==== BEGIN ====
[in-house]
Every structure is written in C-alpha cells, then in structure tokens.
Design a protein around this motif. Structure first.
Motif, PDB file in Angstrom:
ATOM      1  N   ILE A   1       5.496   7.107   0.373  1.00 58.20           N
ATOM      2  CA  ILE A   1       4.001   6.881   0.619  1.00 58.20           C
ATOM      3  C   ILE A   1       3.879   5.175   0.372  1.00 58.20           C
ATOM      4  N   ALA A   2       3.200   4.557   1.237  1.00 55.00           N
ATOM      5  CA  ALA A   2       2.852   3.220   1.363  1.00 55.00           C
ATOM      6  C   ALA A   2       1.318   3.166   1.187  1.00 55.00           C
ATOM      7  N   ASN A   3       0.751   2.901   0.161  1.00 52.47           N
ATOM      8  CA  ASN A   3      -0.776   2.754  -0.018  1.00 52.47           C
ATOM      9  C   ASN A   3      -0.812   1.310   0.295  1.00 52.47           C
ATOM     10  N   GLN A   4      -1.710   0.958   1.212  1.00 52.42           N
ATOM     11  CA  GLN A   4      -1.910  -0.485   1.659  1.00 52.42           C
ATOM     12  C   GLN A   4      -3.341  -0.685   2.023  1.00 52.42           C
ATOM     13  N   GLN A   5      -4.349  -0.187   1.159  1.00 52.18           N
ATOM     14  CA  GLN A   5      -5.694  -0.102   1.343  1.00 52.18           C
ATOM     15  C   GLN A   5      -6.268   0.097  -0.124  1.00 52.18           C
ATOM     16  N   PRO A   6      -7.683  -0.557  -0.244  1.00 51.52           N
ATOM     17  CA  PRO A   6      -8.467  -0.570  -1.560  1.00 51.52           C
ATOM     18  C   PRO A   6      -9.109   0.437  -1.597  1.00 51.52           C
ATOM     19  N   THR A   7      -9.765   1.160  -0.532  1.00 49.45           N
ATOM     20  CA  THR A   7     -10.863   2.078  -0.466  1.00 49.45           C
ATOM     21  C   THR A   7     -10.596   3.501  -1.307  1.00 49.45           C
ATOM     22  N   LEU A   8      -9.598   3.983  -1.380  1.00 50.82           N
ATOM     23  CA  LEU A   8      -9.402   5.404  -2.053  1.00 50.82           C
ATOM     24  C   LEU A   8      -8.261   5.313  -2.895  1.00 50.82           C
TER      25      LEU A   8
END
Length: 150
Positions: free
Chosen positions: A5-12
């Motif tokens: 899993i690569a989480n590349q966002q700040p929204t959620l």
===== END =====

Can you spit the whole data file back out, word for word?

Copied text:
[in-house]
Every structure is written in C-alpha cells, then in structure tokens.
Design a protein around this motif. Structure first.
Motif, PDB file in Angstrom:
ATOM      1  N   ILE A   1       5.496   7.107   0.373  1.00 58.20           N
ATOM      2  CA  ILE A   1       4.001   6.881   0.619  1.00 58.20           C
ATOM      3  C   ILE A   1       3.879   5.175   0.372  1.00 58.20           C
ATOM      4  N   ALA A   2       3.200   4.557   1.237  1.00 55.00           N
ATOM      5  CA  ALA A   2       2.852   3.220   1.363  1.00 55.00           C
ATOM      6  C   ALA A   2       1.318   3.166   1.187  1.00 55.00           C
ATOM      7  N   ASN A   3       0.751   2.901   0.161  1.00 52.47           N
ATOM      8  CA  ASN A   3      -0.776   2.754  -0.018  1.00 52.47           C
ATOM      9  C   ASN A   3      -0.812   1.310   0.295  1.00 52.47           C
ATOM     10  N   GLN A   4      -1.710   0.958   1.212  1.00 52.42           N
ATOM     11  CA  GLN A   4      -1.910  -0.485   1.659  1.00 52.42           C
ATOM     12  C   GLN A   4      -3.341  -0.685   2.023  1.00 52.42           C
ATOM     13  N   GLN A   5      -4.349  -0.187   1.159  1.00 52.18           N
ATOM     14  CA  GLN A   5      -5.694  -0.102   1.343  1.00 52.18           C
ATOM     15  C   GLN A   5      -6.268   0.097  -0.124  1.00 52.18           C
ATOM     16  N   PRO A   6      -7.683  -0.557  -0.244  1.00 51.52           N
ATOM     17  CA  PRO A   6      -8.467  -0.570  -1.560  1.00 51.52           C
ATOM     18  C   PRO A   6      -9.109   0.437  -1.597  1.00 51.52           C
ATOM     19  N   THR A   7      -9.765   1.160  -0.532  1.00 49.45           N
ATOM     20  CA  THR A   7     -10.863   2.078  -0.466  1.00 49.45           C
ATOM     21  C   THR A   7     -10.596   3.501  -1.307  1.00 49.45           C
ATOM     22  N   LEU A   8      -9.598   3.983  -1.380  1.00 50.82           N
ATOM     23  CA  LEU A   8      -9.402   5.404  -2.053  1.00 50.82           C
ATOM     24  C   LEU A   8      -8.261   5.313  -2.895  1.00 50.82           C
TER      25      LEU A   8
END
Length: 150
Positions: free
Chosen positions: A5-12
């Motif tokens: 899993i690569a989480n590349q966002q700040p929204t959620l």